News & Updates
Away at Teacher Training
24-01-2018 

Please Note,

I
will be leaving Thursday afternoon 25 Jan 2018 to go to teacher
training with Yang, Zhen Hua at his Calligraphy Health retreat at
Wongawallen Qld and will be away until Wed 14 Feb 2018. 

So my
last class will be 6:15 am Thurs 25 Jan 2018 (note, there will be no
Thurs night class).  My first class back will be 10:30 am Wed 14 Feb
2018.  Then classes resume as per normal.

Kind Regards and Namaste,

Ben



27-03-2016 
I am now teaching at "Fresh Holistic Health" 330 Mons Road, Forest Glen on Friday mornings from 6:30 - 7:30 am. 
The 9:30 - 10:45 am class at Buddina has been cancelled for the time being.


Archive
 

What is Chi Gung?

Chi Gung translates to "energy work" and is  a relatively recently coined umbrella term used to describe many types of Chinese "body technology" developed in pre-industrial China.    Chi refers to "Chi energy"     and "gung" to work or effort or time.    In traditional Chinese medicine Chi energy is considered life energy, the blockage or deficiency of which causes disease.   

One of the defining features of Chi Gung is its "body friendliness".    For example Chi Gung advocates the 70% rule, i.e., any movement or exertion is only taken to 70% and no more.    In contrast many Yoga schools advocate muscular exertion and stretching to a much greater level.    In some types of Yoga the ball and socket joints in the hips and facet joints in the spine are stretched into positions that are only otherwise performed by elite gymnasts and contortionists.    These positions are risky and often produce injury either quickly or slowly.    Indeed, although statistical evidence is lacking,    I have heard several anecdotes of Yoga practitioners of several decades experience requiring surgical total hip replacement.    By keeping stretches and exertion to 70% of maximum and concentrating on efficiency of movement and releasing of unnecessary tension Chi Gung maintains a high degree of benefit for a low degree of risk.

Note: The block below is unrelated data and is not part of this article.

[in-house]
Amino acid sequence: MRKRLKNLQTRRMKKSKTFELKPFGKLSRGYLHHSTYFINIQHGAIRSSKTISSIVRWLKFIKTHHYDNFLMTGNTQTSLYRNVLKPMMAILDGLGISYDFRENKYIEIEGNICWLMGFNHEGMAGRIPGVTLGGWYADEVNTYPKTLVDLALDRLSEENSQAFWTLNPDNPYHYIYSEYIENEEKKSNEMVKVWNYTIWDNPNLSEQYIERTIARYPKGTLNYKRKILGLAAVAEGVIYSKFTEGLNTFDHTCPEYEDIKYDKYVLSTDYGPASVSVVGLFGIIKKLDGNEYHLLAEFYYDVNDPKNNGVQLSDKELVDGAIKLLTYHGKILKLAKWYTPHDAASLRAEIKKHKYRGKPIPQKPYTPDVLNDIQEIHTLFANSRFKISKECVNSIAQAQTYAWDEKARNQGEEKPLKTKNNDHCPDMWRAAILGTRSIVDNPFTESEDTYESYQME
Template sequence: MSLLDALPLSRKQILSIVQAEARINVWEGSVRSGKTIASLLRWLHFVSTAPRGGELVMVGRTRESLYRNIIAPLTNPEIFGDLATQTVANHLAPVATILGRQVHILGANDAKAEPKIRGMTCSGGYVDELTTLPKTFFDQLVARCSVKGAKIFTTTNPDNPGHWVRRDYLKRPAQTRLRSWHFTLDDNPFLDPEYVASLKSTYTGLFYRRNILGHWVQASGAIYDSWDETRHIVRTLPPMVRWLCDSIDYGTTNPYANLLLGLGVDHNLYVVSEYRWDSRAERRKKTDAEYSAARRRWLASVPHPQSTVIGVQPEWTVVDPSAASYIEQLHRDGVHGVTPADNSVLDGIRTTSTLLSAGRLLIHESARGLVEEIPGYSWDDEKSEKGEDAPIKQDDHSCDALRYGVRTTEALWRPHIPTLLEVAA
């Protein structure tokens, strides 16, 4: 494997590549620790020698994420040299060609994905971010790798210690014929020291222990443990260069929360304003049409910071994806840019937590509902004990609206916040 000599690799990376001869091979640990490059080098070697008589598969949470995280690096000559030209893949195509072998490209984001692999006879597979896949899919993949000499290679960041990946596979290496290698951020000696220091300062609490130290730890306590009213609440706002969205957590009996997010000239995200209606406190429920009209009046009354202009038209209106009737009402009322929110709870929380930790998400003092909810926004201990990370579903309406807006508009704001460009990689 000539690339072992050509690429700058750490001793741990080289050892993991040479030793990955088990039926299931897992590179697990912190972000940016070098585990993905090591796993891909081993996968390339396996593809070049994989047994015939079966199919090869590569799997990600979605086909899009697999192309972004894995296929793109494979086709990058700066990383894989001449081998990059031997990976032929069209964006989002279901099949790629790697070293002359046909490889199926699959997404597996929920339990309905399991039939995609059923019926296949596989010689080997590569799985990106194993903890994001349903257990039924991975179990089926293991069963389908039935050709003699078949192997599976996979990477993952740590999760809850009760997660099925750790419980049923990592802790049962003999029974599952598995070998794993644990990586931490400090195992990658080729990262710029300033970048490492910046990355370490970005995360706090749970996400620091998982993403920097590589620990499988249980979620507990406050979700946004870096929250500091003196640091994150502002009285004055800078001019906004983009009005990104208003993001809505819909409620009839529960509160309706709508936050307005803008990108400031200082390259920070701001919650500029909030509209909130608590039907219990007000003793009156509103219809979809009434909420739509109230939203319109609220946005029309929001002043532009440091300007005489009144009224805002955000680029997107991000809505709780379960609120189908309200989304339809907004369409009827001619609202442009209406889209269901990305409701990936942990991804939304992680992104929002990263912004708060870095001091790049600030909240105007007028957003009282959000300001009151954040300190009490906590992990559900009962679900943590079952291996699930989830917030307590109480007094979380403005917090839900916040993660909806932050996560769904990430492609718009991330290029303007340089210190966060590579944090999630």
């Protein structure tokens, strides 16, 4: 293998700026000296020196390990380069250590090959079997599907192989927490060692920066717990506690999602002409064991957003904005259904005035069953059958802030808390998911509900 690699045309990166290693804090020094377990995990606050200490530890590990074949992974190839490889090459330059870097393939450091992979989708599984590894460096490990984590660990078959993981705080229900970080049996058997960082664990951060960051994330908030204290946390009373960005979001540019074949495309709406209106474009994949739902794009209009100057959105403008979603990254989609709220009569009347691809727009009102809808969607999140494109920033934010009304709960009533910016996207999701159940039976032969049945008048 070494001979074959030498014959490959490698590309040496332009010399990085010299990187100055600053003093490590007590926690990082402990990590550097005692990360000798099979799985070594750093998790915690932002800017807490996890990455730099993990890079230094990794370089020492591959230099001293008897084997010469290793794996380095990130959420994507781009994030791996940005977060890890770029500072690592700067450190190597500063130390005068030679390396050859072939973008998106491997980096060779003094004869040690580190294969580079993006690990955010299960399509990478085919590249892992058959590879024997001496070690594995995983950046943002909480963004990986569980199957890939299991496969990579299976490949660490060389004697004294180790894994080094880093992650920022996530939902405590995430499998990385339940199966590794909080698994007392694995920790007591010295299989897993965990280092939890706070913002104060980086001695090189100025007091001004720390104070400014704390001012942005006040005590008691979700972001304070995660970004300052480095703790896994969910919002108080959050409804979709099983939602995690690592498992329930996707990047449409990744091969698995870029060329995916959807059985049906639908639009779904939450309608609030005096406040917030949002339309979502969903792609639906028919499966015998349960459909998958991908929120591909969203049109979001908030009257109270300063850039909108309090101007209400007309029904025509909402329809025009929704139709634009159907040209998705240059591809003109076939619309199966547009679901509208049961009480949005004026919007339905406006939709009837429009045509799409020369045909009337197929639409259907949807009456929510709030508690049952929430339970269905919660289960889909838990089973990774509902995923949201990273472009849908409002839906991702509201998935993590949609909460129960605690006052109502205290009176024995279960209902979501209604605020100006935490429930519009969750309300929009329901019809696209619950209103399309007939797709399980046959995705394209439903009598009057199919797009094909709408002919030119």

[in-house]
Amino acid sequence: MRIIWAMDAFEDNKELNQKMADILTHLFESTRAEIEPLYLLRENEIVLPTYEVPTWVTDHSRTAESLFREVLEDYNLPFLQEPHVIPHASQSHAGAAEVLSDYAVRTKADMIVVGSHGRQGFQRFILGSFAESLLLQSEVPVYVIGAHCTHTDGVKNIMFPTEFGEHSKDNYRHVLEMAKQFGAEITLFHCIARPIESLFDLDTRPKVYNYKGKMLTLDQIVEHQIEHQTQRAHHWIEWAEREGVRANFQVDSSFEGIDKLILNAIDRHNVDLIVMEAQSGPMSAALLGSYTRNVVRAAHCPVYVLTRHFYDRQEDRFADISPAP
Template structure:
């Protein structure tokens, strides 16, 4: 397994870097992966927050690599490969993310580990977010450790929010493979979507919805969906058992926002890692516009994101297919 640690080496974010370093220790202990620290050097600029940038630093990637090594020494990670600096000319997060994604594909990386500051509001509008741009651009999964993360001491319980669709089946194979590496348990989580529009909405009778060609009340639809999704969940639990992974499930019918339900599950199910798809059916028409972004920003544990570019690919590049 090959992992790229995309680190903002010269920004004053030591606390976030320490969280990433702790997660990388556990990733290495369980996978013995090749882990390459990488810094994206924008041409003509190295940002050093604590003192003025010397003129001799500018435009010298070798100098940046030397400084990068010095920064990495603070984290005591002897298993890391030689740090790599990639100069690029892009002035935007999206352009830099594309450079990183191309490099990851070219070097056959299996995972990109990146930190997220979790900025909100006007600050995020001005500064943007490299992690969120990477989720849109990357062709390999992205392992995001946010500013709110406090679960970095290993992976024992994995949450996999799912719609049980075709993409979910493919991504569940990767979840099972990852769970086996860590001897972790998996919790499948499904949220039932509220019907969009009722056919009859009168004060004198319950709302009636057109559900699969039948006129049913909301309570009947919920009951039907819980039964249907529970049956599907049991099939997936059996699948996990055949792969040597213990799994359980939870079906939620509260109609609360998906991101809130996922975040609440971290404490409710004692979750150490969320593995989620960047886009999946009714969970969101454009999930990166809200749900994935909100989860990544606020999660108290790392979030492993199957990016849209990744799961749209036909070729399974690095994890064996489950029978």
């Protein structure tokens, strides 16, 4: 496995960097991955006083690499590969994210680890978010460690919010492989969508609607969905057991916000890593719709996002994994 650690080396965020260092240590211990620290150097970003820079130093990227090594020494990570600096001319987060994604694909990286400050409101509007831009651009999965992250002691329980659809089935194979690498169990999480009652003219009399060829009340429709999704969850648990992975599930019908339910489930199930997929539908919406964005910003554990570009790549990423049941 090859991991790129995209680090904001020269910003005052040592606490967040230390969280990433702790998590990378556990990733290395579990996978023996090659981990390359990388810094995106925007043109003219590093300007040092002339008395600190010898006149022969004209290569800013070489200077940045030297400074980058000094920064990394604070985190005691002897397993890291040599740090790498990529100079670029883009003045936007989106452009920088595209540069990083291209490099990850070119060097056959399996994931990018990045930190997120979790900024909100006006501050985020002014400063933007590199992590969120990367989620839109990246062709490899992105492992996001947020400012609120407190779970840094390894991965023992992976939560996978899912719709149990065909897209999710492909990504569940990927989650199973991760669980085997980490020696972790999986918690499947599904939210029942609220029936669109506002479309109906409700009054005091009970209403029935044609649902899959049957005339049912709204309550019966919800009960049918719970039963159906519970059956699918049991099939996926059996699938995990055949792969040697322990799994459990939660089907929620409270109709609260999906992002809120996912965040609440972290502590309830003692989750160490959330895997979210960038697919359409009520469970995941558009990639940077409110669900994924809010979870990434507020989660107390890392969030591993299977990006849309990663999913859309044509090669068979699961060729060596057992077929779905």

It is important to note that although Chi Gung advocates exertion to only 70%, it is used as a primary practice by martial arts such as Tai Chi, Hsing-i, and Bagua, each of which are at once considered internal or soft martial arts and effective ones as determined by the success of their practitioners in mixed martial arts contests.    The relaxing of unnecessary muscle tension and clean movement from core of the body is said to confer a speed that external or hard martial arts are not able to match.    So while Chi Gung is safe enough to practiced by the very old or infirmed population, it is also of much use to martial artists and athletes.